The kids get out of the mortuary and meet up with the coach who happens to have an arsenal in his garage. He arms the kids and then they make their way to the prom, first stopping off to save the dudes in the band who bring their instruments as their weapons! But once they get to the prom, it’s completely overrun with zombies. The coach has a plan and the kids do their parts, but the coach’s detonator falls in the middle of the zombie jamboree so Jimmy runs in to grab it. His girl follows him and they have an awesome, back to back fight against a crowd of zombie. Just as things aren’t looking so good for them, the band starts playing again, but our heroes don’t just scramble around looking for the device, they SLOW DANCE their way around. Again, it sounds wacky, but the DOTD crew pulls it off masterfully. From there the ending rolls out and is highly satisfying, even setting things up for a sequel. Seriously you need to see this movie.

Still not convinced? Sheesh, okay, let me relate my favorite scene from the movie. You see, the Jimmy’s friend has this crush on the cheerleader, but she’s got a crush on Nash. Towards the end (SPOILER) the cheerleader gets bit by a zombie, she pulls Jimmy’s friend into the bathroom and asks him to hold her, which he does, but only after being completely grossed and freaked out. She even starts kissing him, which he’s into until she bites his lip off and starts attacking him. Later, we pick back up with them, now they’re both zombies and they start making out again in the bathroom hot and heavy, which leads to even more face biting. It’s great, hilarious stuff.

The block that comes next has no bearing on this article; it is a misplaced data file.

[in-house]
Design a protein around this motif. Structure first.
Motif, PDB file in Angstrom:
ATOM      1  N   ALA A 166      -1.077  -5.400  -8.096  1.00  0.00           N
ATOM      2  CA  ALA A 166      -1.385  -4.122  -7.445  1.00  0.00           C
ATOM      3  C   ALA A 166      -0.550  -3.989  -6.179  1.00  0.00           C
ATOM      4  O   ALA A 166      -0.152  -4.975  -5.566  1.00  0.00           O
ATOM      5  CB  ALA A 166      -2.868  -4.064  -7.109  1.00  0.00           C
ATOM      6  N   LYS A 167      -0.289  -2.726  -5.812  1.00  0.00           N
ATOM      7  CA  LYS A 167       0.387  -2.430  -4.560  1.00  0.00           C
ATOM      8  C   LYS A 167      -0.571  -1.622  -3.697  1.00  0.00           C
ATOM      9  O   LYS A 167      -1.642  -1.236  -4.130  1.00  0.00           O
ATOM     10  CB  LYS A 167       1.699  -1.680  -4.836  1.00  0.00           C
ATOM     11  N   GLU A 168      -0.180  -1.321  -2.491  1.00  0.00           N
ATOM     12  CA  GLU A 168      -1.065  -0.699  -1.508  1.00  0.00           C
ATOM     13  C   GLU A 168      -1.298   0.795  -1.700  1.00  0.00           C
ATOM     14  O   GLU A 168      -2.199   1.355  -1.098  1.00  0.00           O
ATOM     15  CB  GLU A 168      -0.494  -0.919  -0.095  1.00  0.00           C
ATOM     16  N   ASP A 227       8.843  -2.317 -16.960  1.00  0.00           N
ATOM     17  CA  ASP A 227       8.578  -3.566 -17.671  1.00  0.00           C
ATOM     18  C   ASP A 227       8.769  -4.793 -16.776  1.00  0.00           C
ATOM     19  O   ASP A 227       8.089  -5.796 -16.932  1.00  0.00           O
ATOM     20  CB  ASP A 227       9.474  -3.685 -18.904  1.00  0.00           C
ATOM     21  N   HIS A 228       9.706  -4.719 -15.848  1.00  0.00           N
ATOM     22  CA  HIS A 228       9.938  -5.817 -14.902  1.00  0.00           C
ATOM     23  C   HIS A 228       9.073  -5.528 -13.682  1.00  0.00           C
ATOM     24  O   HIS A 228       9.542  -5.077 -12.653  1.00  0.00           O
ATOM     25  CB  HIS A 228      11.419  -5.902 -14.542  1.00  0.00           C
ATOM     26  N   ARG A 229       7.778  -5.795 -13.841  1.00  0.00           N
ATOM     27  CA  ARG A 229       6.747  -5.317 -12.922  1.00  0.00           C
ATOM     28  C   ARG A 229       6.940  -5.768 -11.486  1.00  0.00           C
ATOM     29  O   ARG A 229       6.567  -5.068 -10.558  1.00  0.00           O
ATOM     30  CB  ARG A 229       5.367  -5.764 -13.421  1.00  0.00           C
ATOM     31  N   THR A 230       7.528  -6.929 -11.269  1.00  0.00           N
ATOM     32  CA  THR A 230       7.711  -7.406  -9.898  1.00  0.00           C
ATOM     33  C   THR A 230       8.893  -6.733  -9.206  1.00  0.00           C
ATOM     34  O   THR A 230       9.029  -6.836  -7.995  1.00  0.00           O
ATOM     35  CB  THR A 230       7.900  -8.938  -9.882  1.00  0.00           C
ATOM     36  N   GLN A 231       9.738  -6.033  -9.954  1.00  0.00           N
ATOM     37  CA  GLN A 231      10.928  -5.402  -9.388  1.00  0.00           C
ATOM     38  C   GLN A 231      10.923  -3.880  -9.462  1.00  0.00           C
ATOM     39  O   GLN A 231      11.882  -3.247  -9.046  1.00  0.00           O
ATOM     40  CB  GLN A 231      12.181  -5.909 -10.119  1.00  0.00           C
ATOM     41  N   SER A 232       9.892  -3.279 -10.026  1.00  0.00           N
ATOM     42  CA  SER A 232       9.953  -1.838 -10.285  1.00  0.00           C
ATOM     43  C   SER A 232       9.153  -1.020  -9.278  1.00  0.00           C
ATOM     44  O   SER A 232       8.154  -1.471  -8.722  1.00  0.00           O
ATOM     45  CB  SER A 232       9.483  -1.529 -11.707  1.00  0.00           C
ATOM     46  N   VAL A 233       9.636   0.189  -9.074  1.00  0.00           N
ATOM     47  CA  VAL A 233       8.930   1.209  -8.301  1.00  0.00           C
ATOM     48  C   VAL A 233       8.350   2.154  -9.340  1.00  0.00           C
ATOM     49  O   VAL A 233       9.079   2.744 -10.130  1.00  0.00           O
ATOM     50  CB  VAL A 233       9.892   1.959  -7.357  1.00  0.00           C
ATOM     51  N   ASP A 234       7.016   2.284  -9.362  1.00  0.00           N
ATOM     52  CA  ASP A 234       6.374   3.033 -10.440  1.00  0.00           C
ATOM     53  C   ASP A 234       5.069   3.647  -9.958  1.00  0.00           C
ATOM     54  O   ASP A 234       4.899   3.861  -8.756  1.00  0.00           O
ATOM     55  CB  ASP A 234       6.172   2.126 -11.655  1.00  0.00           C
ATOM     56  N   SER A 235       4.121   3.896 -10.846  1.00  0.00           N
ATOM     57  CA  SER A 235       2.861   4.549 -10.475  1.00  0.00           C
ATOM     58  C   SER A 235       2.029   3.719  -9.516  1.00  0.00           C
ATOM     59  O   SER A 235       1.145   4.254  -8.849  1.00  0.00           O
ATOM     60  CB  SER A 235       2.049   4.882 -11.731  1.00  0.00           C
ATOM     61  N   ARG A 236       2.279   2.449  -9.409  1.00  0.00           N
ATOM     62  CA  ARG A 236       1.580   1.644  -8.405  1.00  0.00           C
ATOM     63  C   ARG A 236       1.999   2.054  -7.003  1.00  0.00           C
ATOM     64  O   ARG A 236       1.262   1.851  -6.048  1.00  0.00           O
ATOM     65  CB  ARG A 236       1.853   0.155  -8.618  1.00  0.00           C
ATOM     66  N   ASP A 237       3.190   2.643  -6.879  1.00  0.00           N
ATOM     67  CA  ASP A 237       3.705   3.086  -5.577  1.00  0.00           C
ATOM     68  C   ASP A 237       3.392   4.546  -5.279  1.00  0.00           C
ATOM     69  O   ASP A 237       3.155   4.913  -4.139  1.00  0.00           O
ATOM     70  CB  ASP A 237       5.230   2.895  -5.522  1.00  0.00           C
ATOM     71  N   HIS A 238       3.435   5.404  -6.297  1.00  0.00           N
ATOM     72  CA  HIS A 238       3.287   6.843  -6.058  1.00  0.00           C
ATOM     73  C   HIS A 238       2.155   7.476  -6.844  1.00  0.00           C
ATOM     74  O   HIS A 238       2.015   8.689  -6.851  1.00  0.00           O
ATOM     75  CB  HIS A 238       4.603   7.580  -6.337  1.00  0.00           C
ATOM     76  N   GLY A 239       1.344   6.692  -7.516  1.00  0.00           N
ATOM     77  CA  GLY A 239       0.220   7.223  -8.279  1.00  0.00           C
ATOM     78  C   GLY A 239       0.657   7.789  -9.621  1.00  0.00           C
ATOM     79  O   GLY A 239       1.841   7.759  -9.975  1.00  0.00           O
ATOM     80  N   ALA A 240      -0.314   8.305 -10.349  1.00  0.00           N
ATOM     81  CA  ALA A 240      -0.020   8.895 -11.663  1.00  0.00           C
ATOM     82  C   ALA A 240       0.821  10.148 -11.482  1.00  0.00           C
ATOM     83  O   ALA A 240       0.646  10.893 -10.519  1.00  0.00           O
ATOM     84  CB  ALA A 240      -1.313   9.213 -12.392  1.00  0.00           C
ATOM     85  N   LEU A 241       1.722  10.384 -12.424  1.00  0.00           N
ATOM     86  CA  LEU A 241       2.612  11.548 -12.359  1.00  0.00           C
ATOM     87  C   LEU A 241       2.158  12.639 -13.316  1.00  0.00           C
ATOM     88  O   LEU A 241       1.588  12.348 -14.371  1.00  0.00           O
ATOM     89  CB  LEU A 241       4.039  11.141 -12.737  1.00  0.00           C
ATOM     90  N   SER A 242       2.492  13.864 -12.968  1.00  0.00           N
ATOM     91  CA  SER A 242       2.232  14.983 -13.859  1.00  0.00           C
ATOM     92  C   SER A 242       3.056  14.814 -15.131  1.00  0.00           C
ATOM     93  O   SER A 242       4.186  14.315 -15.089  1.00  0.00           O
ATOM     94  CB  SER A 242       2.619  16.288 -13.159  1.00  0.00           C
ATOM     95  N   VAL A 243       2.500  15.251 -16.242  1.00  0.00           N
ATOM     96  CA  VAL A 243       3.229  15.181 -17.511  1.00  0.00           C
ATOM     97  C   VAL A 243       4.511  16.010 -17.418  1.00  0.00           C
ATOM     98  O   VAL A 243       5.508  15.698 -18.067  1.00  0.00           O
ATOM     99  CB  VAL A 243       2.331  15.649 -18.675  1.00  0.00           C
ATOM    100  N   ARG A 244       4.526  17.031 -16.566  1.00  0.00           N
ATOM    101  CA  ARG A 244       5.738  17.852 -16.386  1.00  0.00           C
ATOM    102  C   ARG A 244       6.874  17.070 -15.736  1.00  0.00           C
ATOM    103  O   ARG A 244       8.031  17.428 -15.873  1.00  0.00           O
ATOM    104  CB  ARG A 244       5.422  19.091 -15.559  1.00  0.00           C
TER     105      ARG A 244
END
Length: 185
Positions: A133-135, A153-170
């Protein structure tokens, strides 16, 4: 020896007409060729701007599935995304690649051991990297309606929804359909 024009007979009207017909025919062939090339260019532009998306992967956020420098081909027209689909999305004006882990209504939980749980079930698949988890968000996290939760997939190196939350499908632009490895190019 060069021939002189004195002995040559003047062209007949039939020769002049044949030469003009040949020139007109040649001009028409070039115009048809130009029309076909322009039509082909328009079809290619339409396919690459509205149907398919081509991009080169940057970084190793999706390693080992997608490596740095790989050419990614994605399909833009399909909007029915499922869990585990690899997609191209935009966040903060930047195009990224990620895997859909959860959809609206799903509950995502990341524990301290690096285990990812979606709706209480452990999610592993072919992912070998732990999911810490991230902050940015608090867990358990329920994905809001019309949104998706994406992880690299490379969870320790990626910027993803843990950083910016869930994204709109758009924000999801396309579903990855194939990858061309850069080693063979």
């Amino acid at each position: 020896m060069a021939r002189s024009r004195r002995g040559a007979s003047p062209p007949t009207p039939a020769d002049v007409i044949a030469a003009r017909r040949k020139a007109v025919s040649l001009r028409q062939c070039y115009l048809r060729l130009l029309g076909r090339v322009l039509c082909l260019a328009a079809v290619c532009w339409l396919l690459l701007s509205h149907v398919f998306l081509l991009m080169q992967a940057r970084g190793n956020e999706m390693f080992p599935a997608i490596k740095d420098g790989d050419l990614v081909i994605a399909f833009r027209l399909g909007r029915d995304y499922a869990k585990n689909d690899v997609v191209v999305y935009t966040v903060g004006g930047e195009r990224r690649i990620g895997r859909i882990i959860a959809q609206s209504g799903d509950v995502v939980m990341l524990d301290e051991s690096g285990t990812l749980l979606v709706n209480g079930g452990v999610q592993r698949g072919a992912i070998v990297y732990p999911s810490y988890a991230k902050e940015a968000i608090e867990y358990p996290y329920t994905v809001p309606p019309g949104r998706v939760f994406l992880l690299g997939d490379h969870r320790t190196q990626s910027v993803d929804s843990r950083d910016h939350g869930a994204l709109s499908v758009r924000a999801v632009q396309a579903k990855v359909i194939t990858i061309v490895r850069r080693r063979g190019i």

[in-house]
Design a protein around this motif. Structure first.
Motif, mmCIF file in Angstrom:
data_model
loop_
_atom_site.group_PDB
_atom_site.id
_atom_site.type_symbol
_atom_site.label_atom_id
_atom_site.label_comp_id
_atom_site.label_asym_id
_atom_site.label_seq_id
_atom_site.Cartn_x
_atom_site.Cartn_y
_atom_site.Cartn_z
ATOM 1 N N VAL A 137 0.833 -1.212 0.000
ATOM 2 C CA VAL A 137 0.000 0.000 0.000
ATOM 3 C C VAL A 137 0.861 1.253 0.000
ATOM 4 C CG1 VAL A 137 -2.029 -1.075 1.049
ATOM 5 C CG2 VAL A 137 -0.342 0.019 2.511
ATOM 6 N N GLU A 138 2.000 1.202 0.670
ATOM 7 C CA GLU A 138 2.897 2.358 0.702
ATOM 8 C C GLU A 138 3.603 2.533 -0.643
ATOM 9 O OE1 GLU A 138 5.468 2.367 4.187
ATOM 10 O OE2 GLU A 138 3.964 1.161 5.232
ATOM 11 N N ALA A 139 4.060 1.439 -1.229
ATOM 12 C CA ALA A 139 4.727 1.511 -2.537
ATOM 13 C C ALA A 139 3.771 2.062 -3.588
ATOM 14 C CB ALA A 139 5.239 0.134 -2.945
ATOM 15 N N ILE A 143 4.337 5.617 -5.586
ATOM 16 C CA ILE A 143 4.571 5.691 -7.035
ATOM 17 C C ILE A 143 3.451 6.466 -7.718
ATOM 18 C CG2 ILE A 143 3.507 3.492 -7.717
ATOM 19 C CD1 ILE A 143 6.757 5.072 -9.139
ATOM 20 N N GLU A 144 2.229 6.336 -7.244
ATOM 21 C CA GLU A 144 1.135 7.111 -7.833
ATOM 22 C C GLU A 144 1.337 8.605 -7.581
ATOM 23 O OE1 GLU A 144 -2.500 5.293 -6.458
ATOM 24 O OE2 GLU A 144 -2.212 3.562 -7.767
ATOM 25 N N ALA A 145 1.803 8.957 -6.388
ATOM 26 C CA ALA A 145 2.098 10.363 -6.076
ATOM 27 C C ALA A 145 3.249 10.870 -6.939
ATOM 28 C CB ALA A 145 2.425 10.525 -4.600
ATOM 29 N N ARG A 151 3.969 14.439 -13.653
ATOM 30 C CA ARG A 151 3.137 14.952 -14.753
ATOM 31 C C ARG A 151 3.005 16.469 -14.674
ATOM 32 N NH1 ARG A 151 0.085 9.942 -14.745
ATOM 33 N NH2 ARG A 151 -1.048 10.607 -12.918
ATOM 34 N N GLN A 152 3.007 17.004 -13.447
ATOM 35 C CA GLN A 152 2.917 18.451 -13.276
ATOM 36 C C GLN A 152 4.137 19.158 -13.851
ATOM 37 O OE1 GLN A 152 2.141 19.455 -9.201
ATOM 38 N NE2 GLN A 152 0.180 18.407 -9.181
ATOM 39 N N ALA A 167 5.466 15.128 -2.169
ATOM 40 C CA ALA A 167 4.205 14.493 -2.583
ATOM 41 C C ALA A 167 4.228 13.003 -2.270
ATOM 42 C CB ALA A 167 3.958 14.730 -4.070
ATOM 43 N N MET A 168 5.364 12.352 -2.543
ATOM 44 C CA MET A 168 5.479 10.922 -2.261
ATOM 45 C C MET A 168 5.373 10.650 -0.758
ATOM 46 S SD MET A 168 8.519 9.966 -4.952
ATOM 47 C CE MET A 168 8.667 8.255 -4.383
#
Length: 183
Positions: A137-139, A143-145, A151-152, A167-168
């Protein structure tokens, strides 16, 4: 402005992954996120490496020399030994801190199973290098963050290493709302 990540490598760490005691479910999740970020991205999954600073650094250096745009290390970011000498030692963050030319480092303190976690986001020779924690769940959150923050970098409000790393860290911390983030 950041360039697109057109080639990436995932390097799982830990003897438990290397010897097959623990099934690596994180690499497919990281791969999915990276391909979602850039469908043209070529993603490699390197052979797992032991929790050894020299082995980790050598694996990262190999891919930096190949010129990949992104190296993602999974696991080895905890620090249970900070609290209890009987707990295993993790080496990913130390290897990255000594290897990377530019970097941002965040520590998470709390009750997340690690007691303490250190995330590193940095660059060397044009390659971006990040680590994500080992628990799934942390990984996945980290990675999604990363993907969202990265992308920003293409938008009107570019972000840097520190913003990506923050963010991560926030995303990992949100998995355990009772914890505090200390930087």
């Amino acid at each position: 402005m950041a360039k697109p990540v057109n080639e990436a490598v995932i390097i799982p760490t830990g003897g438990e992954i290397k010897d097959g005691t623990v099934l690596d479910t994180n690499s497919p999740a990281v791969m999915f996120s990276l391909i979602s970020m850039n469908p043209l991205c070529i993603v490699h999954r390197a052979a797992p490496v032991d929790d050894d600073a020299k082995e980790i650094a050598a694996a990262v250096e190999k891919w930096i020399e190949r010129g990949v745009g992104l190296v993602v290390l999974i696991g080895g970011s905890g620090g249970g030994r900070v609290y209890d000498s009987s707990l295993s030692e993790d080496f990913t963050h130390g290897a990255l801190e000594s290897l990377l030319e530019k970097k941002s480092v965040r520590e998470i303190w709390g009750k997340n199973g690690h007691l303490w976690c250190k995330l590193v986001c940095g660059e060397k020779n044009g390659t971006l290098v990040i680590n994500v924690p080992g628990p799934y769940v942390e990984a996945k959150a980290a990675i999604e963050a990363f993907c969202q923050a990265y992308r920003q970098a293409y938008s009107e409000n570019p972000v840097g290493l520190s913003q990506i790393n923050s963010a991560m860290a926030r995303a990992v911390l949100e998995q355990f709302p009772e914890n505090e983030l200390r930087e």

I could honestly go on and on, there were that many awesome moments, with more and more popping into my head as I type this (the convenience store scene, the cheerleader asking Nash out) but I don’t want to ruin EVERYTHING. Do yourself a favor and check Dance of the Dead out, it’ll be the best 87 minutes of your day guaranteed (unless you also happen to win the lottery or something along those lines).